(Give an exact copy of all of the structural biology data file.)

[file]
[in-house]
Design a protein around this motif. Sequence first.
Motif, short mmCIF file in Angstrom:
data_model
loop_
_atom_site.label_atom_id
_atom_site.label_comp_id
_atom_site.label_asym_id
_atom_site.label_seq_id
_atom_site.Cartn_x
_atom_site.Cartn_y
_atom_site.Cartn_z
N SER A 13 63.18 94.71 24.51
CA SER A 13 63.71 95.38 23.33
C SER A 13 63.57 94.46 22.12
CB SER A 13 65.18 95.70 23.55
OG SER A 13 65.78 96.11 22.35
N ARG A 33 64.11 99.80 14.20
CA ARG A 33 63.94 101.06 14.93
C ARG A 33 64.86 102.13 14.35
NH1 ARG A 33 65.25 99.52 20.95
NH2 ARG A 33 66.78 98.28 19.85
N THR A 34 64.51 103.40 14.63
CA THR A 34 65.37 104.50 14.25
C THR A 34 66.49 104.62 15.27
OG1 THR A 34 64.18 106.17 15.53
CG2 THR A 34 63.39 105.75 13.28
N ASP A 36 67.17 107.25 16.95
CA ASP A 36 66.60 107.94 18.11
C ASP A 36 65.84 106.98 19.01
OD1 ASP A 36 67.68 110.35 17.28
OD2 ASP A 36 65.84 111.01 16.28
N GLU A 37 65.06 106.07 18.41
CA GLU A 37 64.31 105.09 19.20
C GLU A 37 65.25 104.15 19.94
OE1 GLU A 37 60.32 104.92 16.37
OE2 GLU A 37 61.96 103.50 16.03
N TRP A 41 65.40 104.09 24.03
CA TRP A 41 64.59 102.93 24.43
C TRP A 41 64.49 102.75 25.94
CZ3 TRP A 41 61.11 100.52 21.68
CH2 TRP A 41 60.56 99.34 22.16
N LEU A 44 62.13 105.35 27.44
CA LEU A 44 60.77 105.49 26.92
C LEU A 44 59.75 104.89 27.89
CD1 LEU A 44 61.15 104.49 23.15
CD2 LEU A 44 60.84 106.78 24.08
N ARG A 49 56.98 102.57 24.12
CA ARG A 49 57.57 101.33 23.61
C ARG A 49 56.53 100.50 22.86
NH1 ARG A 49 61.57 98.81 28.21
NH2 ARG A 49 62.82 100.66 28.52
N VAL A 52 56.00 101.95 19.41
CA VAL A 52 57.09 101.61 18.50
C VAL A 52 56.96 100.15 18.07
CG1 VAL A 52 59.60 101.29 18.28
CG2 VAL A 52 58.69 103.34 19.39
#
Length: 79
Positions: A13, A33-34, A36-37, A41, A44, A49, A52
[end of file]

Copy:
[in-house]
Design a protein around this motif. Sequence first.
Motif, short mmCIF file in Angstrom:
data_model
loop_
_atom_site.label_atom_id
_atom_site.label_comp_id
_atom_site.label_asym_id
_atom_site.label_seq_id
_atom_site.Cartn_x
_atom_site.Cartn_y
_atom_site.Cartn_z
N SER A 13 63.18 94.71 24.51
CA SER A 13 63.71 95.38 23.33
C SER A 13 63.57 94.46 22.12
CB SER A 13 65.18 95.70 23.55
OG SER A 13 65.78 96.11 22.35
N ARG A 33 64.11 99.80 14.20
CA ARG A 33 63.94 101.06 14.93
C ARG A 33 64.86 102.13 14.35
NH1 ARG A 33 65.25 99.52 20.95
NH2 ARG A 33 66.78 98.28 19.85
N THR A 34 64.51 103.40 14.63
CA THR A 34 65.37 104.50 14.25
C THR A 34 66.49 104.62 15.27
OG1 THR A 34 64.18 106.17 15.53
CG2 THR A 34 63.39 105.75 13.28
N ASP A 36 67.17 107.25 16.95
CA ASP A 36 66.60 107.94 18.11
C ASP A 36 65.84 106.98 19.01
OD1 ASP A 36 67.68 110.35 17.28
OD2 ASP A 36 65.84 111.01 16.28
N GLU A 37 65.06 106.07 18.41
CA GLU A 37 64.31 105.09 19.20
C GLU A 37 65.25 104.15 19.94
OE1 GLU A 37 60.32 104.92 16.37
OE2 GLU A 37 61.96 103.50 16.03
N TRP A 41 65.40 104.09 24.03
CA TRP A 41 64.59 102.93 24.43
C TRP A 41 64.49 102.75 25.94
CZ3 TRP A 41 61.11 100.52 21.68
CH2 TRP A 41 60.56 99.34 22.16
N LEU A 44 62.13 105.35 27.44
CA LEU A 44 60.77 105.49 26.92
C LEU A 44 59.75 104.89 27.89
CD1 LEU A 44 61.15 104.49 23.15
CD2 LEU A 44 60.84 106.78 24.08
N ARG A 49 56.98 102.57 24.12
CA ARG A 49 57.57 101.33 23.61
C ARG A 49 56.53 100.50 22.86
NH1 ARG A 49 61.57 98.81 28.21
NH2 ARG A 49 62.82 100.66 28.52
N VAL A 52 56.00 101.95 19.41
CA VAL A 52 57.09 101.61 18.50
C VAL A 52 56.96 100.15 18.07
CG1 VAL A 52 59.60 101.29 18.28
CG2 VAL A 52 58.69 103.34 19.39
#
Length: 79
Positions: A13, A33-34, A36-37, A41, A44, A49, A52